Wednesday, June 19, 2024

Pressly’s ‘abortion fraud’ bill heads to governor’s desk

by BIZ Magazine

By Elizabeth White | LSU Manship School News Service

BATON ROUGE–The Louisiana Senate Thursday approved a bill that would classify abortion pills as dangerous controlled substances, sending it to Gov. Jeff Landry’s desk for his signature. 

Sen. Thomas Pressly of Shreveport

The Senate voted 29-7 to concur with a controversial House amendment on the bill, Senate Bill 276, despite pushback from some lawmakers, healthcare workers and women’s advocates.  

Sen. Thomas Pressly, R-Shreveport, said his goal in writing the legislation was to protect women from abortions coerced by fraud. He said his sister, Catherine Pressly Herring, was slipped abortion-inducing drugs by her ex-husband without her consent. 

Pressly’s original version of the bill, which created penalties such as prison sentences and monetary fines for abortion coerced by fraud, passed the Senate with bipartisan support.

However, when the bill returned to the Senate, it received pushback due to an amendment added by the House that would reclassify the drugs–mifepristone and misoprostol– s Schedule IV drugs under the Uniform Controlled Dangerous Substances Law. 

Landry’s signature on the bill would make Louisiana the first state to classify the drugs as controlled substances. It also would make possession of them without a prescription a crime punishable with jail time.

“Mischaracterizing misoprostol, a drug routinely and safely used on labor units throughout the state, as a dangerous drug of abuse creates confusion, misinformation and harms women seeking high-quality maternal care,” Sen. Royce Duplessis, D-New Orleans, said.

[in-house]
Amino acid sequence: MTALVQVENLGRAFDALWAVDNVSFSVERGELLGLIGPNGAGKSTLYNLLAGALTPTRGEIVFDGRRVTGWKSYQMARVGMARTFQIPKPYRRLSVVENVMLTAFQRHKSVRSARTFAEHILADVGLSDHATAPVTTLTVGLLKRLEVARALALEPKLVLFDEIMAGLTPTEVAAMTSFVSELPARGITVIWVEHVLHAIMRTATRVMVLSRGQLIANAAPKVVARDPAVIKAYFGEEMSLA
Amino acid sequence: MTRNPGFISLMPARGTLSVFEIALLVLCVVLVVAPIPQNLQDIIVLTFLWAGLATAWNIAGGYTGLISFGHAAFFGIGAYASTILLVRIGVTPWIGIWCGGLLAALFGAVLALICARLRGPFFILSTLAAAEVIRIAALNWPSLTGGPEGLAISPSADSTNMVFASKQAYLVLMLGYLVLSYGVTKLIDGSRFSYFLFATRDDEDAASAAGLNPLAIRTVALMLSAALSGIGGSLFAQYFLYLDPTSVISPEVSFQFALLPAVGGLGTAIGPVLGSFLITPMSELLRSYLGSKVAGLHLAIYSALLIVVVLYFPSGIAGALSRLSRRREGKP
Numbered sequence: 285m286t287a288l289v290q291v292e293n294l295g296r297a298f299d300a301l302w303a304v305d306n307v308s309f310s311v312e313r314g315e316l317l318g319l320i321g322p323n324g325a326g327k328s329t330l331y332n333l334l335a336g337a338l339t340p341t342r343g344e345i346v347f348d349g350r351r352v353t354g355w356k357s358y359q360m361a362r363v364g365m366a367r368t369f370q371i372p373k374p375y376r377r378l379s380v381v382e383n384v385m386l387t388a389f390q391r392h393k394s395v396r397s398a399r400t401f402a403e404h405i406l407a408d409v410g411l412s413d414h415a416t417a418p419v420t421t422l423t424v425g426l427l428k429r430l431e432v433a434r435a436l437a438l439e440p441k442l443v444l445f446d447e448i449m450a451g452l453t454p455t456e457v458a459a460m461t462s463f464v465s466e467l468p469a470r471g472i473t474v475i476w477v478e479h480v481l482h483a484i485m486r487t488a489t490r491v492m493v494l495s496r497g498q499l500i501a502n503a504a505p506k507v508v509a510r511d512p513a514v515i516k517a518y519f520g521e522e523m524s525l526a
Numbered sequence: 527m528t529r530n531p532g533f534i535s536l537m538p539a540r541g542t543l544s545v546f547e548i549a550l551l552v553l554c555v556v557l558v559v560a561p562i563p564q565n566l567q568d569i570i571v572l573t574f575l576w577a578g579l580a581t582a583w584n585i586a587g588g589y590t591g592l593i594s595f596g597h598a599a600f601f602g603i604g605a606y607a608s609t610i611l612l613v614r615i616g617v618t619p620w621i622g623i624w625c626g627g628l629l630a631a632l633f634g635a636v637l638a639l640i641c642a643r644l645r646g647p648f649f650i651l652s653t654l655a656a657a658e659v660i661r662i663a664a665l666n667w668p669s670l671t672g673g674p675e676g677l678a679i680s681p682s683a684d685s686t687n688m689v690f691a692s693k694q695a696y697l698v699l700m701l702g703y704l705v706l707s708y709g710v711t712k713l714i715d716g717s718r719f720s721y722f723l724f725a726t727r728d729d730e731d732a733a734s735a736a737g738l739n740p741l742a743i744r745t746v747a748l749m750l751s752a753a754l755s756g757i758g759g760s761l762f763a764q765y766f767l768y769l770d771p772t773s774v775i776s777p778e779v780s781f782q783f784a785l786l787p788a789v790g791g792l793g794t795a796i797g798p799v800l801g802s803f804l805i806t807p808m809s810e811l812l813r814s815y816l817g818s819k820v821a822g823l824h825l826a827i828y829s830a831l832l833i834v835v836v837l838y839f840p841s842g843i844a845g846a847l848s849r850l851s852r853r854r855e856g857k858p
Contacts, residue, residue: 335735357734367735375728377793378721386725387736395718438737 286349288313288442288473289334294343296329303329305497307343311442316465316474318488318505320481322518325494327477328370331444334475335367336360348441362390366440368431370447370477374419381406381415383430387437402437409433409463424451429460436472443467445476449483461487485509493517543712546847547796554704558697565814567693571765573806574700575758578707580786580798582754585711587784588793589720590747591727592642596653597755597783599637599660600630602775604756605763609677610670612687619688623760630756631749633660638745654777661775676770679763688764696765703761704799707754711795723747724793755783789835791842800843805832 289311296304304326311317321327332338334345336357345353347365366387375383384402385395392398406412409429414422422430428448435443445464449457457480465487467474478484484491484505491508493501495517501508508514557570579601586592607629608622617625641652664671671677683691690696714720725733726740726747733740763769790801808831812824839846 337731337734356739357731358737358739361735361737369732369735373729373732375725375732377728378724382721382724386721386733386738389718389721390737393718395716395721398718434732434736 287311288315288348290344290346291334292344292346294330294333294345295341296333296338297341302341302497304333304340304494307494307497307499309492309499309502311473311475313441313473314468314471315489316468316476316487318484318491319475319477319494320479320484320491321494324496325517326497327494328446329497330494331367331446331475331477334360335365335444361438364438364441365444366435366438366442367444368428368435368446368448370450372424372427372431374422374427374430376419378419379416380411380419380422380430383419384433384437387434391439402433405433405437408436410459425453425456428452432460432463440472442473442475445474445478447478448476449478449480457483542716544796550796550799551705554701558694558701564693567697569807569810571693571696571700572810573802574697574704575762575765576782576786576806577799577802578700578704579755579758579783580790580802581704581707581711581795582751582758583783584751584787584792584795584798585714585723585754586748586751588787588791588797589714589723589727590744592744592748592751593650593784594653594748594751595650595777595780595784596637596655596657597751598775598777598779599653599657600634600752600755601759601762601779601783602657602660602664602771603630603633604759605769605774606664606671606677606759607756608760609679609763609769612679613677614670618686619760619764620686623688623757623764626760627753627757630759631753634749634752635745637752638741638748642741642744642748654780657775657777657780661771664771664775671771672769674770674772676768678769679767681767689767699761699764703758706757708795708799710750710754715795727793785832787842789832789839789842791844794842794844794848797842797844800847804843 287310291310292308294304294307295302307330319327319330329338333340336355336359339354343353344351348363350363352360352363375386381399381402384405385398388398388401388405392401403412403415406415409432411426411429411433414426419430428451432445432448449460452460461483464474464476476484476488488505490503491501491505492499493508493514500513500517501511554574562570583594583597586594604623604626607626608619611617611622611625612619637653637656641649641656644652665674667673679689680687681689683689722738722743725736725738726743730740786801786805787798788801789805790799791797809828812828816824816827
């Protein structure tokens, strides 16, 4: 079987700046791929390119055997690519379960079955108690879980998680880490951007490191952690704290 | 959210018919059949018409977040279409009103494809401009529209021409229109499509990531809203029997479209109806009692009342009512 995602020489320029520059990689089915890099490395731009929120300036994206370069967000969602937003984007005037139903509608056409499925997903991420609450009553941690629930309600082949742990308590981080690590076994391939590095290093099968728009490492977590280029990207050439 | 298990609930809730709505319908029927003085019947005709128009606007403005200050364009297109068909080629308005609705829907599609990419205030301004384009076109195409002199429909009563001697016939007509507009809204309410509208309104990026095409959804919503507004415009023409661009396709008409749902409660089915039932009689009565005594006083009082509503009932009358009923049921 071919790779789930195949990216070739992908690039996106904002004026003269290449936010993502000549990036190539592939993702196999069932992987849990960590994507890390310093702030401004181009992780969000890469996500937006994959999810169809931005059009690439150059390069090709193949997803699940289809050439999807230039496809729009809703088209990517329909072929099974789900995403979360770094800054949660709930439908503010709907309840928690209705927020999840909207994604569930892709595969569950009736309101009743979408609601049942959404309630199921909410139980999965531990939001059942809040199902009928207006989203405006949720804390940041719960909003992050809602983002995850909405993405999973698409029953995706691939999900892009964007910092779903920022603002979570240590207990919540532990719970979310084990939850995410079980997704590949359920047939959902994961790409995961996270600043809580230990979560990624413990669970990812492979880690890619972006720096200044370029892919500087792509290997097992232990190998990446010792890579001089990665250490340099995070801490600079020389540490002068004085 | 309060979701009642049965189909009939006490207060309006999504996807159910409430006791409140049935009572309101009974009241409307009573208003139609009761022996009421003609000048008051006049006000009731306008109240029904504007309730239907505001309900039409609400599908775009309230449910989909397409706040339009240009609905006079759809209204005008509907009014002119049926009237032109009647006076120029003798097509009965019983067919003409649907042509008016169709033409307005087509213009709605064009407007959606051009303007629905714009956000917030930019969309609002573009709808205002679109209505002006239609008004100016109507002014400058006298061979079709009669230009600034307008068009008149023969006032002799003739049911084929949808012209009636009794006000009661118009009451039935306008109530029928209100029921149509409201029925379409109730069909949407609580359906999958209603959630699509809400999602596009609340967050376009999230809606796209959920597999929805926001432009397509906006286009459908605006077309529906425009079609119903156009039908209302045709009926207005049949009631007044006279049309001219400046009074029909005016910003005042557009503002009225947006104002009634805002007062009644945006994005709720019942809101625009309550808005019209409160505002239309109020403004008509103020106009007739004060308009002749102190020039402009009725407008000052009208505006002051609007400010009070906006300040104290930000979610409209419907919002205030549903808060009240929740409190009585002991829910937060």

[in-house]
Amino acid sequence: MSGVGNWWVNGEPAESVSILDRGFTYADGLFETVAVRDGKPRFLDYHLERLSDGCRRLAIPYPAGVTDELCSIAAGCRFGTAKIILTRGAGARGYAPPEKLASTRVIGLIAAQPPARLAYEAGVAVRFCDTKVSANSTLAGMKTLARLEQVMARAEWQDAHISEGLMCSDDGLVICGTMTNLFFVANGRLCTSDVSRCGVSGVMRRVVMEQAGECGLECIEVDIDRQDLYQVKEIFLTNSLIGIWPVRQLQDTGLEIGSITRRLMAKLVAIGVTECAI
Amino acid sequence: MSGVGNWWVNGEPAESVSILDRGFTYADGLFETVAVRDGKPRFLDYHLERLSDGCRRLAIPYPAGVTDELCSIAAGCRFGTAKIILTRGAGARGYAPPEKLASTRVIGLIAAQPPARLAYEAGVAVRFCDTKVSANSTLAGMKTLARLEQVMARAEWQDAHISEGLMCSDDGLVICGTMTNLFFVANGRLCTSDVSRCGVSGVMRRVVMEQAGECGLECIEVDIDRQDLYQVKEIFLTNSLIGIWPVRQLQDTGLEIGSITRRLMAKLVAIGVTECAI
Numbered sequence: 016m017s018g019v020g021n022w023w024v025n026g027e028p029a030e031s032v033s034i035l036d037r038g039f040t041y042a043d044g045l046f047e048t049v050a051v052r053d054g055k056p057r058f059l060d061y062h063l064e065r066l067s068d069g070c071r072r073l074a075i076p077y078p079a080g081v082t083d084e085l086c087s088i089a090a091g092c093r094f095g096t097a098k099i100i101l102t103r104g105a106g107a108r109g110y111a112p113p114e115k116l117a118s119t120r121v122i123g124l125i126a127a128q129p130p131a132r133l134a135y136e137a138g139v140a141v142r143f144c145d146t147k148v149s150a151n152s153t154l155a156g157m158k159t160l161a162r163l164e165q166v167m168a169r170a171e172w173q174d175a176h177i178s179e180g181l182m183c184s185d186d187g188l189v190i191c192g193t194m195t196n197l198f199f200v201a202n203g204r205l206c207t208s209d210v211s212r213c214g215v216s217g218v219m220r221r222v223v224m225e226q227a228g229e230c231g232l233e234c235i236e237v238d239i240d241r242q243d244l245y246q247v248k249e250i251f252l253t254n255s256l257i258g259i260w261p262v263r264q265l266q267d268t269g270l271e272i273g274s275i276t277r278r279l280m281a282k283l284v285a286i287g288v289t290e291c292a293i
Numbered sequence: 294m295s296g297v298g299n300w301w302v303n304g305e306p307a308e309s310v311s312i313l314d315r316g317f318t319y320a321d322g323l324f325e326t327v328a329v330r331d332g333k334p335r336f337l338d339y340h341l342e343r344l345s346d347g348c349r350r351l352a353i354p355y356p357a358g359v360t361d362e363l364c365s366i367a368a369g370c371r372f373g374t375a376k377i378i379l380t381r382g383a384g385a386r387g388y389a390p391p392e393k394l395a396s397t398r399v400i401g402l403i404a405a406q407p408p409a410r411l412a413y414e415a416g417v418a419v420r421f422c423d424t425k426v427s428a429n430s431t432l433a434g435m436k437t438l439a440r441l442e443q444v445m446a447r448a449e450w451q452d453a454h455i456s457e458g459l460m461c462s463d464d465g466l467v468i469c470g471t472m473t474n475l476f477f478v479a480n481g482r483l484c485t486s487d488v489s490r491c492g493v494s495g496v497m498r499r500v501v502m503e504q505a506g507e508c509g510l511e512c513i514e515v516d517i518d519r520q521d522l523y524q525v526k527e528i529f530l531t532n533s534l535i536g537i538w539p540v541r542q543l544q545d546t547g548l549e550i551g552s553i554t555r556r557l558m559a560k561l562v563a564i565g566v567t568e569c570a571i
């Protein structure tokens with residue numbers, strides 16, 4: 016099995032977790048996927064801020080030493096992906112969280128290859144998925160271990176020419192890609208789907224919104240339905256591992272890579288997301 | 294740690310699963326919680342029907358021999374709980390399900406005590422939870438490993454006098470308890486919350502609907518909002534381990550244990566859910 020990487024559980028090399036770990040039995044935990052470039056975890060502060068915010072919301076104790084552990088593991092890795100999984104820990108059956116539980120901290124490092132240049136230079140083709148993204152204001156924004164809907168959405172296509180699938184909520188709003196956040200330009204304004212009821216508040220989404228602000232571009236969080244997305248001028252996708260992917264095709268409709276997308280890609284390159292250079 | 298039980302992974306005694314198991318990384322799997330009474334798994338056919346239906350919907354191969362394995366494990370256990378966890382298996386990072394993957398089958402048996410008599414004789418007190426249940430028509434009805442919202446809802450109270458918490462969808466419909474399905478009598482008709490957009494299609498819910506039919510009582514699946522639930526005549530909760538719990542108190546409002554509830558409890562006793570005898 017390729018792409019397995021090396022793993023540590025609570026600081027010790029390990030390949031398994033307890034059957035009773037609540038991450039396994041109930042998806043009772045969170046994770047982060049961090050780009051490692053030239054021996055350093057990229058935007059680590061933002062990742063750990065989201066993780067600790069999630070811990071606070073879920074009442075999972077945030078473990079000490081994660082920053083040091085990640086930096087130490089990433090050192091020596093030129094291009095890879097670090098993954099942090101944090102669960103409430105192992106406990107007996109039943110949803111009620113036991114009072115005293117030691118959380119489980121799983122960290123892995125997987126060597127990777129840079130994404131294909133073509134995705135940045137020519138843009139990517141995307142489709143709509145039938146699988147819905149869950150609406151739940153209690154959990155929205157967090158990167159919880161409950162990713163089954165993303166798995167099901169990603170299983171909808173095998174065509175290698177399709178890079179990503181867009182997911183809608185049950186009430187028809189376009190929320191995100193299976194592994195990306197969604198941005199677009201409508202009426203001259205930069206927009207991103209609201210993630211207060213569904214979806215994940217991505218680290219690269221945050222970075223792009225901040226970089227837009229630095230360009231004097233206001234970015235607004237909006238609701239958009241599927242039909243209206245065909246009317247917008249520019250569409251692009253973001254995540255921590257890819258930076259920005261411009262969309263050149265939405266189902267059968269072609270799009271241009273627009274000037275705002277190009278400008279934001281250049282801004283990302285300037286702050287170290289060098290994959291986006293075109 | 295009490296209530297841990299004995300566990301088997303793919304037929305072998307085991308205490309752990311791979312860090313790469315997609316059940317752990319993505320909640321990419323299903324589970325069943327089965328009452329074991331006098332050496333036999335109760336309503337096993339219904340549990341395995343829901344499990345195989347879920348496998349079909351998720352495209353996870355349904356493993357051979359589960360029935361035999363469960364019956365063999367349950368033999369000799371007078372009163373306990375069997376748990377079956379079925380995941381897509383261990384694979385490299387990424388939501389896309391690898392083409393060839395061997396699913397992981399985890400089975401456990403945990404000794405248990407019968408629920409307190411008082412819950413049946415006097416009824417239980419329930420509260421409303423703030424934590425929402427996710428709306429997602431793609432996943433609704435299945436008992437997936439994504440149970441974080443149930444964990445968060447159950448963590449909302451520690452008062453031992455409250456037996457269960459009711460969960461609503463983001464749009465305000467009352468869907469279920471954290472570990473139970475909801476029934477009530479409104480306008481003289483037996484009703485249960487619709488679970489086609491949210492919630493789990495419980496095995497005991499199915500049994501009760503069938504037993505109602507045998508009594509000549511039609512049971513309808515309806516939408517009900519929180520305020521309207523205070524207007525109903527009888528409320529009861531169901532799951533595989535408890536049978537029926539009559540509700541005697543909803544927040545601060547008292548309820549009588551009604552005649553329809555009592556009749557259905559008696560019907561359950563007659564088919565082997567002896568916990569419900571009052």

Physicians and healthcare providers have said reclassifying the drugs would make it harder for them to prescribe them and could delay treatment, especially in rural areas. Since the drugs are also used for reproductive health care needs, not just abortion, providers say delays could cause more issues for the mother and the child. 

Supporters of the amended bill disagreed, saying that it would not change how the drugs are prescribed and that they would still be available to anyone with legitimate health care reasons. 

“Louisiana has been very clear: We do not prosecute women when they are seeking an abortion, but we’re also very clear that abortion is not legal in Louisiana, and this bill does not change that,” Pressly said. “What we’re simply doing is stating that we should be protecting women like my sister from harmful bad actors that are trying to kill an unborn child and harm the woman.” 

Some lawmakers also raised concerns that providers would need a special license to prescribe a Schedule IV drug. Pressly said that most health care providers already have the license, but others have disagreed with him, saying most gynecologists do not have it.  

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